Hr. Ms. K XVII was a Dutch submarine of the K XIV class. The K-boats were especially designed and built for service in the Dutch East Indies. (K stands for Koloniaal = Colonial). The series started in 1913 with the K I which was constructed at the shipyard The Royal Scheldt in Flushing (De Koninklijke Maatschappij De Schelde). The development of the K-ships was running parallel to the one of the O-ships (submarines = Onderzeeboten). Those vessels however were developed for services in European waters. The K I was tugged to the Far East in 1916 by sea going tugboat ’Witte Zee’ but in 1920 Hr. Ms. K III made this trip for the first time all on its own.
The submarines K VII up to and including K X became an improved version of the first series K-boats. With their 715 ton displacement-under-water they were a measure larger than the first series. The design however was still of the “Single Hull” type and they still had 45cm torpedoes as their primary armory. The 7.5cm deck gun was replaced by an 8.8cm gun which could also be used as an anti-aircraft gun.
The next series K-boats, K XI, K XII and K XIII was the first series that was completely designed by Ir. (engineer) J.J. van der Struyff and were taken into service in 1925 and 1926.These submarines were again 100 ton larger and were calculated to sustain a depth of 60 meters (approx. 33 fathom). The series was still in service during the outbreak of the Second World War. Hr. Ms. K XI and K XII have been taken out of service towards the end of the war. On 21 December 1941, an explosion occurred aboard K XIII resulting from battery gas (escaped hydrogen gas from the batteries) which caused three deaths. On March 2nd, 1942, the unrepaired sub was demolished at the Naval establishment in Surabaya, Java, by navy personnel.
The last series of the K boats was also developed by Ir. Van der Struyff being a very successful design. The series consisting of the K XIV up to and including K XVIII contained 200 ton more water displacement compared to the preceding series and were capable of a diving depth up to 80 meters [approx. 44 fathom]. Also these five K-boats were the first ones to be equipped with eight torpedo tubes of 53cm. Hr. Ms. K XIV was very successful when, on 23 December, 1941 four Japanese freighters were sunk near Kuching, in the Malaysian part of Borneo. The submarine survived the war together with its sister ship Hr. Ms. K XV and both ships were laid up in 1946. Also K XVI booked a great success when she succeeded in sinking the Japanese destroyer Sagiri, also near Kuching. Unfortunately the boat got lost a day later by a torpedo strike of the Japanese submarine I 66. Hr. Ms. K XVIII was heavily damaged by enemy depth charges on 23 January 1942 and was demolished on March 2nd of the same year by navy personnel at the Naval establishment in Surabaya.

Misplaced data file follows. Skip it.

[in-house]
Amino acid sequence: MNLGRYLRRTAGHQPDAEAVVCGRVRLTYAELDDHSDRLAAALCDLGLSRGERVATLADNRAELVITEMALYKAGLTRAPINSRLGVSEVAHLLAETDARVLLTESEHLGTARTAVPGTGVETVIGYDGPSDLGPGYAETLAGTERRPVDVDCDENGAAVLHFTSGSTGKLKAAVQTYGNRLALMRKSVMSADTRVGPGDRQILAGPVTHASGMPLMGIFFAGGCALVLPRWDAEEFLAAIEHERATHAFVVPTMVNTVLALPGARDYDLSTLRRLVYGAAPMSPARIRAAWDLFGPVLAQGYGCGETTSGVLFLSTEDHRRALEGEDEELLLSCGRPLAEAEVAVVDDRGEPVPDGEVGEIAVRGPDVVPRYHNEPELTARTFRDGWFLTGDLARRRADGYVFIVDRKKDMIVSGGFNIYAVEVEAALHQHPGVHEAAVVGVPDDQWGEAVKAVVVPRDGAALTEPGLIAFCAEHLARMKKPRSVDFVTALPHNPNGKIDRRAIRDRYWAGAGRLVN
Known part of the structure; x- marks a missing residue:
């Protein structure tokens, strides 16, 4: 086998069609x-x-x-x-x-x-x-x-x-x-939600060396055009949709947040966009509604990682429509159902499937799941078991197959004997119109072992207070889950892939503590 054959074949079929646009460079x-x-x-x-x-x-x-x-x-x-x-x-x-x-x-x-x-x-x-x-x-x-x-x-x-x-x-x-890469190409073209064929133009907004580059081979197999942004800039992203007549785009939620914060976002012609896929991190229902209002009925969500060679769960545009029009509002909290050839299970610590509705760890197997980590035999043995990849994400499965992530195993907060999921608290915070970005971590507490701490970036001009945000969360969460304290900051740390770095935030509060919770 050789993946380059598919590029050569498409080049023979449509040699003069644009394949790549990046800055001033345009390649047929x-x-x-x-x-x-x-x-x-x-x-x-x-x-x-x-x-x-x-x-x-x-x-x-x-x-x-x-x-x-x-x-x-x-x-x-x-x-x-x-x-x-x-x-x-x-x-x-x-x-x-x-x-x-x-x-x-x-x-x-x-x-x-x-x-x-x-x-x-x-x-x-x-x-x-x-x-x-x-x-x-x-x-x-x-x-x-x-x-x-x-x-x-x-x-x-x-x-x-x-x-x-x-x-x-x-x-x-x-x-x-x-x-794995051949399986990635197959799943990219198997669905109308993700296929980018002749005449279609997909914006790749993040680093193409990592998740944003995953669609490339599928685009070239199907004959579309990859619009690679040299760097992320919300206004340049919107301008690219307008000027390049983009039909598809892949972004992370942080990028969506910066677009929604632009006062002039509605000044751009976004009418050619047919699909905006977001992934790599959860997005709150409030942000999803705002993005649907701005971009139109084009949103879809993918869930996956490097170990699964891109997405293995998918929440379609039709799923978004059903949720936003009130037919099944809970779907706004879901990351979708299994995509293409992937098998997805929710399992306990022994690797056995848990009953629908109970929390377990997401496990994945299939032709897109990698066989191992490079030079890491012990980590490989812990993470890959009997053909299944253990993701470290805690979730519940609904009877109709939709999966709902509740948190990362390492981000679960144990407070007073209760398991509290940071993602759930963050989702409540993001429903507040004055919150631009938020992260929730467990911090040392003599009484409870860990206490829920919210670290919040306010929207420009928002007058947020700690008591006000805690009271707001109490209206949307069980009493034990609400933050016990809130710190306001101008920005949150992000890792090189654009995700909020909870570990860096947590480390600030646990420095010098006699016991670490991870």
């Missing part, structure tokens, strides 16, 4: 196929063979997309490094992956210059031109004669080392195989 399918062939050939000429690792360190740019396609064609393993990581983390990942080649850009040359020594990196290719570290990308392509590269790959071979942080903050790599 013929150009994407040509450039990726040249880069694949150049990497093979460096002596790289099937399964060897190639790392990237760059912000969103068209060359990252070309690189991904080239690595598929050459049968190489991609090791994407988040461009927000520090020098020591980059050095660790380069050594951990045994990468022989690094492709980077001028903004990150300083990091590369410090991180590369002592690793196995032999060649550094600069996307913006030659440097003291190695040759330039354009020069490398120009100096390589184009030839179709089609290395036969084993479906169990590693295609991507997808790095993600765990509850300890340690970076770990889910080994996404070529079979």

For a long time nothing was known about the fate of Hr. Ms. K XVII. The submarine did not return from a patrol which she had started, under British naval command on December 6th, 1941, together with Hr. Ms. O 16. The patrol carried both Dutch ships to the South Chinese Sea, east of the mainland of Malaysia. On 14 December K XVII encountered K XII and was warned about a Japanese submarine which was supposed to be in the area. That was the last time K XVII was seen. Up to 21 December regular radio contact existed between the sub and the allied naval command. From that day onwards nothing has ever been heard from Hr.Ms. K XVII anymore and it was assumed that the ship had run into a Japanese mine.
The uncertainty about the fate of K XVII was increased when in 1980, a disguised man appeared in a Dutch TV program and stated that he had blown up the Dutch submarine by orders of Winston Churchill and with the knowledge of Franklin Roosevelt and Queen Wilhelmina (of the Dutch Government in exile). The Dutch interviewer suggestively asked whether this could probably concern the missing K XVII. The interviewee did not answer this.
In 1996, the book “Operation JB” by Christopher Creighton was published in which the author makes a statement about the fate of Hr. Ms. K XVII. The Dutch sub was supposed to have been blown up by the British secret service because the crew of the boat was estimated to have discovered the Japanese fleet on its way to Pearl Harbor. Churchill wanted the Japanese attack on the Pacific fleet in Hawaii to be successful and therefore it had to remain a secret. A successful surprise attack on the battle ships in Pearl Harbor would draw the American population from their isolation and the United States of America would become involved in the Second World War. This should also be the wish of the American President and therefore the leaders agreed that the Dutch submarine and its crew ought to disappear. Christopher Creighton and the disguised man on Dutch TV appeared to be the same person.